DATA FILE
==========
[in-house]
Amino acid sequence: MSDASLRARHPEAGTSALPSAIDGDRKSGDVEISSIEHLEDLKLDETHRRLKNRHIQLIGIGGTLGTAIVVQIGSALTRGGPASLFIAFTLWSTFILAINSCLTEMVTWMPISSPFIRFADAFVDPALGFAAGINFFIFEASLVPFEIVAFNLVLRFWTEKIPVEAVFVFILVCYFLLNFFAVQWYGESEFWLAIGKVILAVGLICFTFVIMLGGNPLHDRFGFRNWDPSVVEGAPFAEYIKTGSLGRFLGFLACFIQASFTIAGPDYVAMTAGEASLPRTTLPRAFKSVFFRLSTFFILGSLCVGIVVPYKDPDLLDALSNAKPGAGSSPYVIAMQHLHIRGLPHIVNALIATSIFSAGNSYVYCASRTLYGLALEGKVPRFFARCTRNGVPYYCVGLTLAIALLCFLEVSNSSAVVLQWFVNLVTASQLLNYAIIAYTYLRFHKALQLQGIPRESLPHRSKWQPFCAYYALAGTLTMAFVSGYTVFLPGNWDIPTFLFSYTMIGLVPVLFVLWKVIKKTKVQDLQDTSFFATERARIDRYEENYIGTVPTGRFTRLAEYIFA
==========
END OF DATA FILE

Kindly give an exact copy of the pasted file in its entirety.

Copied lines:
[in-house]
Amino acid sequence: MSDASLRARHPEAGTSALPSAIDGDRKSGDVEISSIEHLEDLKLDETHRRLKNRHIQLIGIGGTLGTAIVVQIGSALTRGGPASLFIAFTLWSTFILAINSCLTEMVTWMPISSPFIRFADAFVDPALGFAAGINFFIFEASLVPFEIVAFNLVLRFWTEKIPVEAVFVFILVCYFLLNFFAVQWYGESEFWLAIGKVILAVGLICFTFVIMLGGNPLHDRFGFRNWDPSVVEGAPFAEYIKTGSLGRFLGFLACFIQASFTIAGPDYVAMTAGEASLPRTTLPRAFKSVFFRLSTFFILGSLCVGIVVPYKDPDLLDALSNAKPGAGSSPYVIAMQHLHIRGLPHIVNALIATSIFSAGNSYVYCASRTLYGLALEGKVPRFFARCTRNGVPYYCVGLTLAIALLCFLEVSNSSAVVLQWFVNLVTASQLLNYAIIAYTYLRFHKALQLQGIPRESLPHRSKWQPFCAYYALAGTLTMAFVSGYTVFLPGNWDIPTFLFSYTMIGLVPVLFVLWKVIKKTKVQDLQDTSFFATERARIDRYEENYIGTVPTGRFTRLAEYIFA